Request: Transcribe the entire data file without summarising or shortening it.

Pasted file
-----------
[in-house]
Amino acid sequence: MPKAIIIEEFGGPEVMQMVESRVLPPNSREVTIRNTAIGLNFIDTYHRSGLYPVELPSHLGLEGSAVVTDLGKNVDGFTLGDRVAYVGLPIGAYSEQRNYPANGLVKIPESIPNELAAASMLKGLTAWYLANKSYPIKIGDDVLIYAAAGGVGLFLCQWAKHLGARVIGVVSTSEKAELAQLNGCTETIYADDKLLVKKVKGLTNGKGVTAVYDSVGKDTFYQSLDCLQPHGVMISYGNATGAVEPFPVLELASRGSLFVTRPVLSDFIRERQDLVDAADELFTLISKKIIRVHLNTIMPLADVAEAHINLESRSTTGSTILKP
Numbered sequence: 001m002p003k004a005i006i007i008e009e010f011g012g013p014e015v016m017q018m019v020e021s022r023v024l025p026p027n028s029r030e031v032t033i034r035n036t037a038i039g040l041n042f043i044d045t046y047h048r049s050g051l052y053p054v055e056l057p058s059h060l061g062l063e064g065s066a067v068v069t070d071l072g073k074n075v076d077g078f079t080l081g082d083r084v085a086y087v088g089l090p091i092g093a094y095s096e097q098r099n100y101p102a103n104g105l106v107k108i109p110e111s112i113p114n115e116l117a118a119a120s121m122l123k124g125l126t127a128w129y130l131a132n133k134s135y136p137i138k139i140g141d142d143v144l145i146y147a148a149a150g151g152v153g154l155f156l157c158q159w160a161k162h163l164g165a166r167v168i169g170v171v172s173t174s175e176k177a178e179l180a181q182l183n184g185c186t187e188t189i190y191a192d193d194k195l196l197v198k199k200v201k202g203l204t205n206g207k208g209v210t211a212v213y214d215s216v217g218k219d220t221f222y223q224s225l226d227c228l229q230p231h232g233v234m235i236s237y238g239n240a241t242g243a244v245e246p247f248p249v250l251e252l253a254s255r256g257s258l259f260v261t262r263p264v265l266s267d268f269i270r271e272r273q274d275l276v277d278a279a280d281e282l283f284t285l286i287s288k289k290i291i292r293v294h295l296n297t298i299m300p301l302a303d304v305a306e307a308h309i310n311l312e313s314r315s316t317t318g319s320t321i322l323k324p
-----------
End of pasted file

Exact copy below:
[in-house]
Amino acid sequence: MPKAIIIEEFGGPEVMQMVESRVLPPNSREVTIRNTAIGLNFIDTYHRSGLYPVELPSHLGLEGSAVVTDLGKNVDGFTLGDRVAYVGLPIGAYSEQRNYPANGLVKIPESIPNELAAASMLKGLTAWYLANKSYPIKIGDDVLIYAAAGGVGLFLCQWAKHLGARVIGVVSTSEKAELAQLNGCTETIYADDKLLVKKVKGLTNGKGVTAVYDSVGKDTFYQSLDCLQPHGVMISYGNATGAVEPFPVLELASRGSLFVTRPVLSDFIRERQDLVDAADELFTLISKKIIRVHLNTIMPLADVAEAHINLESRSTTGSTILKP
Numbered sequence: 001m002p003k004a005i006i007i008e009e010f011g012g013p014e015v016m017q018m019v020e021s022r023v024l025p026p027n028s029r030e031v032t033i034r035n036t037a038i039g040l041n042f043i044d045t046y047h048r049s050g051l052y053p054v055e056l057p058s059h060l061g062l063e064g065s066a067v068v069t070d071l072g073k074n075v076d077g078f079t080l081g082d083r084v085a086y087v088g089l090p091i092g093a094y095s096e097q098r099n100y101p102a103n104g105l106v107k108i109p110e111s112i113p114n115e116l117a118a119a120s121m122l123k124g125l126t127a128w129y130l131a132n133k134s135y136p137i138k139i140g141d142d143v144l145i146y147a148a149a150g151g152v153g154l155f156l157c158q159w160a161k162h163l164g165a166r167v168i169g170v171v172s173t174s175e176k177a178e179l180a181q182l183n184g185c186t187e188t189i190y191a192d193d194k195l196l197v198k199k200v201k202g203l204t205n206g207k208g209v210t211a212v213y214d215s216v217g218k219d220t221f222y223q224s225l226d227c228l229q230p231h232g233v234m235i236s237y238g239n240a241t242g243a244v245e246p247f248p249v250l251e252l253a254s255r256g257s258l259f260v261t262r263p264v265l266s267d268f269i270r271e272r273q274d275l276v277d278a279a280d281e282l283f284t285l286i287s288k289k290i291i292r293v294h295l296n297t298i299m300p301l302a303d304v305a306e307a308h309i310n311l312e313s314r315s316t317t318g319s320t321i322l323k324p